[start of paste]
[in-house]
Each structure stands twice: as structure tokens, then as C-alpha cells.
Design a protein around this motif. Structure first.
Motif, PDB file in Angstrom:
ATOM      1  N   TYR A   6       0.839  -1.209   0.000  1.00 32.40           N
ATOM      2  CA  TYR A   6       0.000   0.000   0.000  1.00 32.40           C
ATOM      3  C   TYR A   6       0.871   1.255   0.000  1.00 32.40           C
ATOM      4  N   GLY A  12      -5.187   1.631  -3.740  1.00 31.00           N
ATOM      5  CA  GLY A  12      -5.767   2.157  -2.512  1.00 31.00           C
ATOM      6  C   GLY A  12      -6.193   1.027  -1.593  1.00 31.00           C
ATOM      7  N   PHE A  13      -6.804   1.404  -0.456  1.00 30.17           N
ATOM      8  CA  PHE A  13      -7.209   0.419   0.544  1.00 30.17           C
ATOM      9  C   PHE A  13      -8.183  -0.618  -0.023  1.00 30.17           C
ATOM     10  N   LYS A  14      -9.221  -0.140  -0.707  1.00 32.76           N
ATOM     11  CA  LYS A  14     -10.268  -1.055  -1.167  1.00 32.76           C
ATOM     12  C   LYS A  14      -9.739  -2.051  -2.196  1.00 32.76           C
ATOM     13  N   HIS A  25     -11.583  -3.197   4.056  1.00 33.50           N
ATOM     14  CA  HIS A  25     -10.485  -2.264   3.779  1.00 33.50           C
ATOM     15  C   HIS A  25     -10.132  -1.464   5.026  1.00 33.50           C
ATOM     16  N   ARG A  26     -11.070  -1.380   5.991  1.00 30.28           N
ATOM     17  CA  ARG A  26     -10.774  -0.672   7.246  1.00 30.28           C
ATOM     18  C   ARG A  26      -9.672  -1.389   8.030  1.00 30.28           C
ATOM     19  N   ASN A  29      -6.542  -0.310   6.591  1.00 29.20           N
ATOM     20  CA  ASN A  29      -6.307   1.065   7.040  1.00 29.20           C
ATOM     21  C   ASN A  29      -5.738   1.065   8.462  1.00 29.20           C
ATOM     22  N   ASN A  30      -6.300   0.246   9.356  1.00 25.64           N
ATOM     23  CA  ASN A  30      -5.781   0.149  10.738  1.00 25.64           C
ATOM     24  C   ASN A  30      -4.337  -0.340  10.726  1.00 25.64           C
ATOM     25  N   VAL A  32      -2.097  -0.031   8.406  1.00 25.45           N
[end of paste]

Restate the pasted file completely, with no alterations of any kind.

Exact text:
[in-house]
Each structure stands twice: as structure tokens, then as C-alpha cells.
Design a protein around this motif. Structure first.
Motif, PDB file in Angstrom:
ATOM      1  N   TYR A   6       0.839  -1.209   0.000  1.00 32.40           N
ATOM      2  CA  TYR A   6       0.000   0.000   0.000  1.00 32.40           C
ATOM      3  C   TYR A   6       0.871   1.255   0.000  1.00 32.40           C
ATOM      4  N   GLY A  12      -5.187   1.631  -3.740  1.00 31.00           N
ATOM      5  CA  GLY A  12      -5.767   2.157  -2.512  1.00 31.00           C
ATOM      6  C   GLY A  12      -6.193   1.027  -1.593  1.00 31.00           C
ATOM      7  N   PHE A  13      -6.804   1.404  -0.456  1.00 30.17           N
ATOM      8  CA  PHE A  13      -7.209   0.419   0.544  1.00 30.17           C
ATOM      9  C   PHE A  13      -8.183  -0.618  -0.023  1.00 30.17           C
ATOM     10  N   LYS A  14      -9.221  -0.140  -0.707  1.00 32.76           N
ATOM     11  CA  LYS A  14     -10.268  -1.055  -1.167  1.00 32.76           C
ATOM     12  C   LYS A  14      -9.739  -2.051  -2.196  1.00 32.76           C
ATOM     13  N   HIS A  25     -11.583  -3.197   4.056  1.00 33.50           N
ATOM     14  CA  HIS A  25     -10.485  -2.264   3.779  1.00 33.50           C
ATOM     15  C   HIS A  25     -10.132  -1.464   5.026  1.00 33.50           C
ATOM     16  N   ARG A  26     -11.070  -1.380   5.991  1.00 30.28           N
ATOM     17  CA  ARG A  26     -10.774  -0.672   7.246  1.00 30.28           C
ATOM     18  C   ARG A  26      -9.672  -1.389   8.030  1.00 30.28           C
ATOM     19  N   ASN A  29      -6.542  -0.310   6.591  1.00 29.20           N
ATOM     20  CA  ASN A  29      -6.307   1.065   7.040  1.00 29.20           C
ATOM     21  C   ASN A  29      -5.738   1.065   8.462  1.00 29.20           C
ATOM     22  N   ASN A  30      -6.300   0.246   9.356  1.00 25.64           N
ATOM     23  CA  ASN A  30      -5.781   0.149  10.738  1.00 25.64           C
ATOM     24  C   ASN A  30      -4.337  -0.340  10.726  1.00 25.64           C
ATOM     25  N   VAL A  32      -2.097  -0.031   8.406  1.00 25.45           N